Chronopotentiometry and Faradaic impedance spectroscopy as methods for signal transduction in immunosensors

Eugenii Katz, Lital Alfonta, Itamar Willner

Research output: Contribution to journalConference articlepeer-review

80 Scopus citations


The biocatalyzed precipitation of an insoluble product produced on electrode supports is used as an amplification path for immunosensors. Faradaic impedance spectroscopy and chronopotentiometry are used as transduction methods to follow the precipitation processes. While Faradaic impedance spectroscopy leads to the characterization of the electron-transfer resistance at the electrode, chronopotentiometry provides the total resistance at the interfaces of the modified electrodes. An antigen monolayer electrode is used to sense the dinitrophenyl-antibody, DNP-Ab, applying an anti-antibody-HRP conjugate as a biocatalyst for the oxidative precipitation of 4-chloro-1-naphthol (1) by H2O2 to yield the insoluble product benzo-4-chlorohexadienone (2). The amount of the precipitate accumulated on the conductive support is controlled by the concentration of the analyte-antibody and the time intervals employed for the biocatalytic precipitation of (2). The electron-transfer resistances of the electrodes covered by the insoluble product (2) are derived from Faradaic impedance measurements, whereas the total electrode resistances are extracted from chronopotentiometric experiments. A good correlation between the total electrode resistances and the electron-transfer resistances at the conducting supports are found. Chronopotentiometry is suggested as a rapid transduction means, and the precautions for the application of chronopotentiometry in immunosensors are discussed.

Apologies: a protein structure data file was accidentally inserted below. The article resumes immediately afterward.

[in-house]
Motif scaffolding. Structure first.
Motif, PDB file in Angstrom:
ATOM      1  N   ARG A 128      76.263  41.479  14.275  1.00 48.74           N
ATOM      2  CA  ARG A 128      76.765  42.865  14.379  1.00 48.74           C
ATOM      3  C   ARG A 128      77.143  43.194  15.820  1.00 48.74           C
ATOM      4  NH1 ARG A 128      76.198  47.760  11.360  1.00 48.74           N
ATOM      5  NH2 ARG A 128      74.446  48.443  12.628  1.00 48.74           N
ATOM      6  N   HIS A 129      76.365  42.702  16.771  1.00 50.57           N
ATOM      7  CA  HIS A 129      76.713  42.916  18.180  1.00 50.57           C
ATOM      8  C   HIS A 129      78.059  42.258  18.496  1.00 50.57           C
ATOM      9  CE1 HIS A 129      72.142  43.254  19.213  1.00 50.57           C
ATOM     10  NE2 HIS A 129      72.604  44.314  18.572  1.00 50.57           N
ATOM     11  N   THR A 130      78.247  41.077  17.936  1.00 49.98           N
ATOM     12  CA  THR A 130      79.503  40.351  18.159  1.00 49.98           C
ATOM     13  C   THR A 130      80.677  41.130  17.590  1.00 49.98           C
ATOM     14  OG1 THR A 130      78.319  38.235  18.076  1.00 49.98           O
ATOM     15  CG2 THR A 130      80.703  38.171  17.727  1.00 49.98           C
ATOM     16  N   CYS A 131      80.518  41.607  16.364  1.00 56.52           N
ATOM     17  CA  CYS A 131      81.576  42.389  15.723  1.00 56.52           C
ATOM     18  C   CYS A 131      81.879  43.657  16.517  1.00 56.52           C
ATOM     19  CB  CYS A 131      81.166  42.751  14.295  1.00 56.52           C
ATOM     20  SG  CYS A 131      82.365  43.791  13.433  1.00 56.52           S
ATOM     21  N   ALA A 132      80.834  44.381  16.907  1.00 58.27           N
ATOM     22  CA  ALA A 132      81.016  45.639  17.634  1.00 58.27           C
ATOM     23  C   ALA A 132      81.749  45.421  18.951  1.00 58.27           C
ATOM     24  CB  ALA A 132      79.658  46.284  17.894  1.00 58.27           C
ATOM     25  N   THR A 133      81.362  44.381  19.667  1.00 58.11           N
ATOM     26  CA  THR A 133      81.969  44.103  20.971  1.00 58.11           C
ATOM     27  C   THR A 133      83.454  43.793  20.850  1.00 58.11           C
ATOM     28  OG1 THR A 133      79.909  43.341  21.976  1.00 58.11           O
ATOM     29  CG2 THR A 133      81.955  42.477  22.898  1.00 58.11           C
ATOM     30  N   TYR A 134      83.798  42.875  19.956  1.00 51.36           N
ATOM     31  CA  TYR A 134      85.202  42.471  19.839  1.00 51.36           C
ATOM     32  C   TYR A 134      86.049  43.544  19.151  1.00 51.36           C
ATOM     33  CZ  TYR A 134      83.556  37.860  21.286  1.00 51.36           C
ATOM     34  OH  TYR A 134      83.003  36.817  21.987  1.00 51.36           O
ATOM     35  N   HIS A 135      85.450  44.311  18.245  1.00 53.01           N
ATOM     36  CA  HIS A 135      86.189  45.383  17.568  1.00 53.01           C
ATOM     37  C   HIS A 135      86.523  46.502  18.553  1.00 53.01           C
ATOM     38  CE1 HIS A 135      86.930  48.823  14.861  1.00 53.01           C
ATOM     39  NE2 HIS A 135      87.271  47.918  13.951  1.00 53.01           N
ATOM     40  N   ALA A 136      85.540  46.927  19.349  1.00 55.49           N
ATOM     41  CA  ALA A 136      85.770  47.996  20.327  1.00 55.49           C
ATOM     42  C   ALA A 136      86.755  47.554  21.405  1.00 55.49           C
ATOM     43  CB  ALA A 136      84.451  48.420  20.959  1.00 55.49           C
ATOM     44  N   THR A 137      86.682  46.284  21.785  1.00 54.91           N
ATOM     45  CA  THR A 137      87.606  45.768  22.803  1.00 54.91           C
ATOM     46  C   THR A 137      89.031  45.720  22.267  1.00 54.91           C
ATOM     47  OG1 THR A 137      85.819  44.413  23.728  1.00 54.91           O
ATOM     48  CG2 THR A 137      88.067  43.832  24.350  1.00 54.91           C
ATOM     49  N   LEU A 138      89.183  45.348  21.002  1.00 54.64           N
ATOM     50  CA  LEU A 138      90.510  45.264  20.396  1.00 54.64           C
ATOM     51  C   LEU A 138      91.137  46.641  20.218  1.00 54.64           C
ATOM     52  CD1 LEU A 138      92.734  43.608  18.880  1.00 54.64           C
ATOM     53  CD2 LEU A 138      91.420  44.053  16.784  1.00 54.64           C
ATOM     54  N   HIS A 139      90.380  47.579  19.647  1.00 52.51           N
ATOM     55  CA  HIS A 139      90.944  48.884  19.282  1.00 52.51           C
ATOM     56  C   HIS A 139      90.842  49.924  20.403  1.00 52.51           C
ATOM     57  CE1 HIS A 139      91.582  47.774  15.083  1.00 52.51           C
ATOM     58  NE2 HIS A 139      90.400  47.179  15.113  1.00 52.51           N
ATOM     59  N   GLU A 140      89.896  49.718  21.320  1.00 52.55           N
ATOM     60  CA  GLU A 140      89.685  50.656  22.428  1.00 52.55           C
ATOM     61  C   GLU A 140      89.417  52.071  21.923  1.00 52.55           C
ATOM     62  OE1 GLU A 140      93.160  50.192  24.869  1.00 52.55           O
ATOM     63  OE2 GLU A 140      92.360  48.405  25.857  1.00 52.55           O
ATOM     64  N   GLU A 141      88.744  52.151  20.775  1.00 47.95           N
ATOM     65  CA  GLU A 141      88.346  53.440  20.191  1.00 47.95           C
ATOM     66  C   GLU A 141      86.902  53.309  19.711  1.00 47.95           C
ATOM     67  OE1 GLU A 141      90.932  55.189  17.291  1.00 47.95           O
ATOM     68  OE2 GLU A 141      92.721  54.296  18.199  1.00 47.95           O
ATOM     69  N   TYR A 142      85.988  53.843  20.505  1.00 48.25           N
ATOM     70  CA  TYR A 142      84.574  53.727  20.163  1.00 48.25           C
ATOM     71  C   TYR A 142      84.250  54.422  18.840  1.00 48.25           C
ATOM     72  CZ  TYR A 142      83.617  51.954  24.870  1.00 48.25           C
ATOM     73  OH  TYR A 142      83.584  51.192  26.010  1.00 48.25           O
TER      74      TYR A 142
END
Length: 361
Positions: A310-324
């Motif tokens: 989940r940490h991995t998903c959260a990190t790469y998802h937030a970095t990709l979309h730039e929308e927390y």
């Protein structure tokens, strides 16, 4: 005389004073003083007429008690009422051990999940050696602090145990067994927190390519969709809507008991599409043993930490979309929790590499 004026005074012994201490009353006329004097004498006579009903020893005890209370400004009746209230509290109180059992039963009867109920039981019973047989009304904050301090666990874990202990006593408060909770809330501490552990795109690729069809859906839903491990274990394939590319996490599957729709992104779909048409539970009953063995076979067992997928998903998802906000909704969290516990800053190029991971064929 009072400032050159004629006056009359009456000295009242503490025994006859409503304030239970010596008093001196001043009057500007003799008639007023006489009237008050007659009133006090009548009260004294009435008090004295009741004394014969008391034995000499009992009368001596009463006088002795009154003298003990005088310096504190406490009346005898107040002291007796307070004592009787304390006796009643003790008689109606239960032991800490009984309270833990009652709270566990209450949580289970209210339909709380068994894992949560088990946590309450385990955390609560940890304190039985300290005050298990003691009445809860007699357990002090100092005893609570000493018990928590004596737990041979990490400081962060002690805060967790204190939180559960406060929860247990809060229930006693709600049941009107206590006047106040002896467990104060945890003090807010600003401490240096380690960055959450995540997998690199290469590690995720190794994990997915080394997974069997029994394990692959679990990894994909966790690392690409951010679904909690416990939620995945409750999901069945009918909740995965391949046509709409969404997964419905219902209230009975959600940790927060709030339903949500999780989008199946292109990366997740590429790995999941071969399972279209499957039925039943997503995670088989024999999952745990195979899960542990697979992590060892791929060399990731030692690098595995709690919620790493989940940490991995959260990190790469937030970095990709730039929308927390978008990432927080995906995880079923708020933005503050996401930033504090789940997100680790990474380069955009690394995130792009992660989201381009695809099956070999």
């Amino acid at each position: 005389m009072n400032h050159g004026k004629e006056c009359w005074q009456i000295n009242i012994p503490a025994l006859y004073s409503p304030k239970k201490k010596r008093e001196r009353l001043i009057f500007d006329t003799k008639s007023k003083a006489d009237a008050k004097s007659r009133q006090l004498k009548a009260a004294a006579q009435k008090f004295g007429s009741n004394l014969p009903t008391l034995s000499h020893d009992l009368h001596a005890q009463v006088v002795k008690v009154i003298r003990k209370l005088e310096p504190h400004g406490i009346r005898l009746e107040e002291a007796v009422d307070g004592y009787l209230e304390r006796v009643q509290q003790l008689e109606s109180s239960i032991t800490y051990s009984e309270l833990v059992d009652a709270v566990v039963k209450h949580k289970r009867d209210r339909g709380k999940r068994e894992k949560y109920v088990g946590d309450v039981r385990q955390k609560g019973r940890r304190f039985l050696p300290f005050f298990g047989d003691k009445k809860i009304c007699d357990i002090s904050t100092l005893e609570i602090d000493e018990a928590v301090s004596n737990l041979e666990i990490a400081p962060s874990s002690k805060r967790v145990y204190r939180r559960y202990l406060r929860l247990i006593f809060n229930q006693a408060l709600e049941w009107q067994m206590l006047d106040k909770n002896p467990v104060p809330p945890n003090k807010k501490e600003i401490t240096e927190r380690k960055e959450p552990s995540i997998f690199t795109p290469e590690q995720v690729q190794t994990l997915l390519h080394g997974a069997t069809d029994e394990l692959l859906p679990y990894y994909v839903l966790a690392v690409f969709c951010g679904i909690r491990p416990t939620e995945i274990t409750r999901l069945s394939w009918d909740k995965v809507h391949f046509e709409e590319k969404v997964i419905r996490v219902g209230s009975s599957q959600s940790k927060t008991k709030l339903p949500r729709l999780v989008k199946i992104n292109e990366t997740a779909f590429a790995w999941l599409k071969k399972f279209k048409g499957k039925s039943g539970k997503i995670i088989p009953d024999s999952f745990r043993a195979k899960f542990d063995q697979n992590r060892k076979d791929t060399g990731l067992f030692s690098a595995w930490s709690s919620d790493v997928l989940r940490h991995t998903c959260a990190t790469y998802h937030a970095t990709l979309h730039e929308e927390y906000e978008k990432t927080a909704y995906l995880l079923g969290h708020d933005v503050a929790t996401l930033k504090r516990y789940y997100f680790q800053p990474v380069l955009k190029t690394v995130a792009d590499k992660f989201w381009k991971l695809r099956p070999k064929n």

Original languageEnglish
Pages (from-to)134-141
Number of pages8
JournalSensors and Actuators, B: Chemical
Issue number1-3
StatePublished - 1 Jun 2001
Externally publishedYes
EventProceeding of the 8th International Meeting on Chemical Sensors - Basel, Switzerland
Duration: 2 Jul 20005 Jul 2000


  • Chronopotentiometry
  • Electron-transfer resistance
  • Faradaic impedance spectroscopy
  • Immunosensor

ASJC Scopus subject areas

  • Electronic, Optical and Magnetic Materials
  • Instrumentation
  • Condensed Matter Physics
  • Surfaces, Coatings and Films
  • Metals and Alloys
  • Electrical and Electronic Engineering
  • Materials Chemistry


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